The Baggage That Comes Along With It

Adrianna: “When I didn't mind writing about my personal life, there were concerns raised that it couldn't possibly real — it's too dramatic, too arthouse-movie-like, too fictitious. Looking back, if I wasn't living it I wouldn't have believed most of it, too. Looking at the present: I'm living it again and I don't want to believe it either, so that's one more reason it shouldn't be made public. [...] That's not to say there's anything wrong with personal blogs on the web — if it's well-written, and in good taste, I will be a fan. It's just that I've come to see I can't handle the baggage which comes along with it, if I were to do so myself.”

Adriana writes about expectations her friends and her readers (not necessarily the same thing) have for her weblog, and how she either wants to keep some things private (for her or others' sake) or just doesn't have the time to write about her personal life. I was concerned about that at one point for the very personal aspect of the writings on my weblog, and much of the writing is back to private out of laziness, regret, or both. Many months ago, I wrote my rules for writing a personal weblog, basically saying there were none. (Except #8.)

Since making this website a more official online presence, putting a photo of me in the about page, and linking to it from my "official" sites (including my resume), the risk is always that people who didn't know whatever side of me this weblog portrays existed will learn about it pretty quickly. I'm fine with that: I have control over everything I write and over the spaces in which I write—other people's comment sections, which I regularly and unproblematically use as a personal blogging space—and I appreciate more the feeling that comes with accountability. Enabling comments was another step in that direction, as was letting go when people linked here with my full name making this site second only to my resume site in searches for it. I know people who complain that their readers see their weblog and make assumptions about them based on it. It's not as unfair as they claim, since everybody judges others, and if they want those people to judge them based on the whole person, then they have to present their whole selves, which is impossible. I can only control (some of) what I present of myself, and not how people judge me. I do not have an obligation to anybody to write about my so-called personal life, and neither does anybody else.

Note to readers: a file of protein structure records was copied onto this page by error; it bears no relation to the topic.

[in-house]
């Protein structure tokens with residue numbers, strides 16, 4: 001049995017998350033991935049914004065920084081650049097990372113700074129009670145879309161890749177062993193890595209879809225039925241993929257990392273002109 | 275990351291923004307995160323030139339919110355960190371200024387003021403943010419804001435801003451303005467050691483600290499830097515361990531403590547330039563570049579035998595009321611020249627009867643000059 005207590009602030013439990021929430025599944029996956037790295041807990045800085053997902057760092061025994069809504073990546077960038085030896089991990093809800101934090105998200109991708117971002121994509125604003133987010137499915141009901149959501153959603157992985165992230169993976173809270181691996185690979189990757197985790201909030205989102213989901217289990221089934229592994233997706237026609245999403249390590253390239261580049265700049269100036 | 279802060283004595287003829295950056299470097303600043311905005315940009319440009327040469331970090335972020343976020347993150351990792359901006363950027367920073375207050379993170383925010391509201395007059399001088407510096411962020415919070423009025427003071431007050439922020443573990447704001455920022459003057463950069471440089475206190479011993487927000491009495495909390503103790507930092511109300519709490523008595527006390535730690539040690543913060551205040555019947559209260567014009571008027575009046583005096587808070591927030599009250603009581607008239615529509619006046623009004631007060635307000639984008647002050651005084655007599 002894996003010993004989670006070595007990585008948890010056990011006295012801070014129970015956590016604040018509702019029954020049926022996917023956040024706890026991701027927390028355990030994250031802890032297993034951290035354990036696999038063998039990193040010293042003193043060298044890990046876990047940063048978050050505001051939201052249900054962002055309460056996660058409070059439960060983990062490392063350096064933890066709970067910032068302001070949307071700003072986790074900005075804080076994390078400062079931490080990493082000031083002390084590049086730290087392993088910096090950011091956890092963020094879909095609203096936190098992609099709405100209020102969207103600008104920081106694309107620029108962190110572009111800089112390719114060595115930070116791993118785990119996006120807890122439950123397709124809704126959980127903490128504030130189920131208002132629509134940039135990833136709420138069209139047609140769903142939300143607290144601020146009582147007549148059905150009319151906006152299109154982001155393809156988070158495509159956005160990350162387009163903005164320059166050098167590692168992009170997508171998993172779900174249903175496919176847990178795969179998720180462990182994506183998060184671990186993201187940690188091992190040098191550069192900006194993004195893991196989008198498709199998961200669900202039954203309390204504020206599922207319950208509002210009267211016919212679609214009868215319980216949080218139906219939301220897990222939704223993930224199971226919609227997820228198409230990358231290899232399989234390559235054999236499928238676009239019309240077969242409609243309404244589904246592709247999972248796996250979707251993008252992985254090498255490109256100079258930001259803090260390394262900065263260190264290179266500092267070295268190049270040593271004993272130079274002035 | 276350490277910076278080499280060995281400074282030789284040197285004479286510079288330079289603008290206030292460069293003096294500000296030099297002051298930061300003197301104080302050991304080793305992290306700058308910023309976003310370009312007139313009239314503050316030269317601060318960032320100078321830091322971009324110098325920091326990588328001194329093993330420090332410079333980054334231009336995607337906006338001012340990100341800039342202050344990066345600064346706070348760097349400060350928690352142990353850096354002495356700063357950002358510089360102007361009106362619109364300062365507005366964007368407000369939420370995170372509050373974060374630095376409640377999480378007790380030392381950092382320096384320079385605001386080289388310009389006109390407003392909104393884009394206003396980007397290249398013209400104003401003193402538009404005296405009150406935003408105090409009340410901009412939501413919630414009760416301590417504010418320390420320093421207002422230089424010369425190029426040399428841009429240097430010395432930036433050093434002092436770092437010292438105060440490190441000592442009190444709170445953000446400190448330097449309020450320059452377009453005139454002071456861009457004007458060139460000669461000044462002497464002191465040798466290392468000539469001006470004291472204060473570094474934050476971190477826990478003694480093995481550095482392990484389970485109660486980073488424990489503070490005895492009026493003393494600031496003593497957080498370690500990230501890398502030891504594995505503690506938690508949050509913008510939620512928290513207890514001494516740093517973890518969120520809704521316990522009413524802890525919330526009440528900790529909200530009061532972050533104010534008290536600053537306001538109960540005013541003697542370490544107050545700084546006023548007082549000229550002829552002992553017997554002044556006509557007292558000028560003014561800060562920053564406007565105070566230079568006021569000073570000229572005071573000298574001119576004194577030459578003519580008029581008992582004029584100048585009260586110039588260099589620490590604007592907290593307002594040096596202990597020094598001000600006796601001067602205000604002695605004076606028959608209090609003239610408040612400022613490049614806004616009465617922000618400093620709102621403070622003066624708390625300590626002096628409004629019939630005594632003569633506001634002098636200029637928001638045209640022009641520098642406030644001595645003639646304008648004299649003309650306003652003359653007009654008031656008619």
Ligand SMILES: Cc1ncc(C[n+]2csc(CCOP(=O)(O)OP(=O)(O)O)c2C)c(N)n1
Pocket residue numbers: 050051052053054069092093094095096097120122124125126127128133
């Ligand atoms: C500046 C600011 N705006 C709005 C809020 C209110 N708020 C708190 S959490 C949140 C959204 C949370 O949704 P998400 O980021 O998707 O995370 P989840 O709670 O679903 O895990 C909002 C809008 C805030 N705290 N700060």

It's Adrianna.. Well, I live in a punishingly tiny city which thrives on needing to know what one's neighbour's boyfriend's sister's girlfriend (who happens to be your classmate from school) is doing at the moment or will be; and I guess it carries over onto the web as well. Oh well.

Change made. Now I'll never forget the spelling. I keep forgetting how big Vancouver is, and how really inconsequential anything I write is to people outside the small circle of bloggers here. That said, I don't write about what happened on the (few) dates I go on or about the (few) girls that I like because a) I feel no obligation to and b) if I did, I own most of the results for my name in the major search engines, so I'm pretty easy to track down if people know the correct spelling of my family name. My ex-girlfriend, for one found me pretty easily. (We weren't so much on bad terms as on no terms at all, so it was a little surprising to hear from her again.) This city is pretty gossip free, other possibly than the LiveJournal crowd, which I don't know a lot about anyway.

I'm adding this post to my list of ones contributing to my Northern Voice talk on privacy. It's been interesting as I've consciously pondered this concept of public versus private. Some say that there is no privacy any more. Lots of talk of privacy for sale, at cheap prices. But I think that it is crucial for us to feel that we have choice in what we reveal about ourselves. For example, there's a difference between Big Brother putting a camera in your house and installing the webcam yourself. Your post emphasizes this choice. I also like your description of accountability. Thanks.